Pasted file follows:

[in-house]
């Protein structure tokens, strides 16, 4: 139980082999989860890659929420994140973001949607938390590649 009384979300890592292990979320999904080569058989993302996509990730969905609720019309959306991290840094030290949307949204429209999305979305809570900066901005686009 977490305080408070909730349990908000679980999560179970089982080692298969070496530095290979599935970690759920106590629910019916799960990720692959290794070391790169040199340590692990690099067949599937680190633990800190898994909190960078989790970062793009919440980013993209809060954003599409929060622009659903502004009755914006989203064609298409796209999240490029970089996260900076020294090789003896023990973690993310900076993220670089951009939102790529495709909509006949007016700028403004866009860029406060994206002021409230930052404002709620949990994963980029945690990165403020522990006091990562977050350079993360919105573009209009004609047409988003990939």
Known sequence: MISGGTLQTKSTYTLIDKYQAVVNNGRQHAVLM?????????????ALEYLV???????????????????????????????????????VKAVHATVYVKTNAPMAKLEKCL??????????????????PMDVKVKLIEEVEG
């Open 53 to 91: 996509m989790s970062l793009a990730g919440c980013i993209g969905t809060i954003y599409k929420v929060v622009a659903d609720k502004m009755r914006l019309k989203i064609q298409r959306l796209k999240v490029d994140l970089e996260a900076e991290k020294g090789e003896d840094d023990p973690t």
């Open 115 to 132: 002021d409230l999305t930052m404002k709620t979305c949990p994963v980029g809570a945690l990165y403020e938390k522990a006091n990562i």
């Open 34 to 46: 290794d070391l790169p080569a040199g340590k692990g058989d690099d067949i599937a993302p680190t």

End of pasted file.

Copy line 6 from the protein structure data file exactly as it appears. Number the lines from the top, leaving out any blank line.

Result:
């Open 34 to 46: 290794d070391l790169p080569a040199g340590k692990g058989d690099d067949i599937a993302p680190t």